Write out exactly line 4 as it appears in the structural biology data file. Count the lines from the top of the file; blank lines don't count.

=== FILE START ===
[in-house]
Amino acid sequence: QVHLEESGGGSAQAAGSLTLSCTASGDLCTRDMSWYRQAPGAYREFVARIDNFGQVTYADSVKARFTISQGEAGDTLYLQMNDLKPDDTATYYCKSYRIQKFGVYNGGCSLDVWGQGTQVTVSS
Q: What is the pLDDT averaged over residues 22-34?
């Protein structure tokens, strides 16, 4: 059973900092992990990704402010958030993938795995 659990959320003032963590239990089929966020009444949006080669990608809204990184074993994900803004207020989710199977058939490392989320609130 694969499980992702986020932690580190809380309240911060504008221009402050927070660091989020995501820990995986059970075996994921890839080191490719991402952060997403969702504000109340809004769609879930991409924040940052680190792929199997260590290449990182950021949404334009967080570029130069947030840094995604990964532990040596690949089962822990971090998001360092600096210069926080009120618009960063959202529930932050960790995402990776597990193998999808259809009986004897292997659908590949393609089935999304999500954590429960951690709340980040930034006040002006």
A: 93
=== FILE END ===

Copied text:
């Protein structure tokens, strides 16, 4: 059973900092992990990704402010958030993938795995 659990959320003032963590239990089929966020009444949006080669990608809204990184074993994900803004207020989710199977058939490392989320609130 694969499980992702986020932690580190809380309240911060504008221009402050927070660091989020995501820990995986059970075996994921890839080191490719991402952060997403969702504000109340809004769609879930991409924040940052680190792929199997260590290449990182950021949404334009967080570029130069947030840094995604990964532990040596690949089962822990971090998001360092600096210069926080009120618009960063959202529930932050960790995402990776597990193998999808259809009986004897292997659908590949393609089935999304999500954590429960951690709340980040930034006040002006």